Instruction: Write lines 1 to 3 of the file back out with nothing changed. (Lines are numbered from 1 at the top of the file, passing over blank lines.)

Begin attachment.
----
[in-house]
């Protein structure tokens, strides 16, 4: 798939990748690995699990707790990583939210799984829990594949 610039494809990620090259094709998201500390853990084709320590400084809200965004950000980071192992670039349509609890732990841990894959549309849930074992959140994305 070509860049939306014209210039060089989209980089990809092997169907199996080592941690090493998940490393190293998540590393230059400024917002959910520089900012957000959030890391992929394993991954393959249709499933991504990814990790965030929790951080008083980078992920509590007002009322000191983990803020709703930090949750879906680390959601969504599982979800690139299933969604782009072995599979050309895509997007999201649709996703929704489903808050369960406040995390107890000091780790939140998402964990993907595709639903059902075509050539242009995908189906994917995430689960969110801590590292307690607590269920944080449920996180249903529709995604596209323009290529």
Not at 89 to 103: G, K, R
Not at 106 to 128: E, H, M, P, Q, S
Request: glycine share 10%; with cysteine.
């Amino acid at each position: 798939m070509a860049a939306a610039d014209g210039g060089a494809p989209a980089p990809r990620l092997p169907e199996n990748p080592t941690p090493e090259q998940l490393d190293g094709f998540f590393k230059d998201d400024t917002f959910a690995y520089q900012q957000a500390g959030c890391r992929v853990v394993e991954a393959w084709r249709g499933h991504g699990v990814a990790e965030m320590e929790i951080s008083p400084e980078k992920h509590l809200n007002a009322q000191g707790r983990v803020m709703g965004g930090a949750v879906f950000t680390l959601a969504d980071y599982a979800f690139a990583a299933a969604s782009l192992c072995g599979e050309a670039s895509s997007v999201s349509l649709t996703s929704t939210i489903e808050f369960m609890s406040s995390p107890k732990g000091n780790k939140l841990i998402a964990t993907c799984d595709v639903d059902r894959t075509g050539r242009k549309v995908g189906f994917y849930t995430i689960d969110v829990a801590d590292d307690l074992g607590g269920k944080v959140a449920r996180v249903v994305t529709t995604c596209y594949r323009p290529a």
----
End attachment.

[in-house]
């Protein structure tokens, strides 16, 4: 798939990748690995699990707790990583939210799984829990594949 610039494809990620090259094709998201500390853990084709320590400084809200965004950000980071192992670039349509609890732990841990894959549309849930074992959140994305 070509860049939306014209210039060089989209980089990809092997169907199996080592941690090493998940490393190293998540590393230059400024917002959910520089900012957000959030890391992929394993991954393959249709499933991504990814990790965030929790951080008083980078992920509590007002009322000191983990803020709703930090949750879906680390959601969504599982979800690139299933969604782009072995599979050309895509997007999201649709996703929704489903808050369960406040995390107890000091780790939140998402964990993907595709639903059902075509050539242009995908189906994917995430689960969110801590590292307690607590269920944080449920996180249903529709995604596209323009290529």
Not at 89 to 103: G, K, R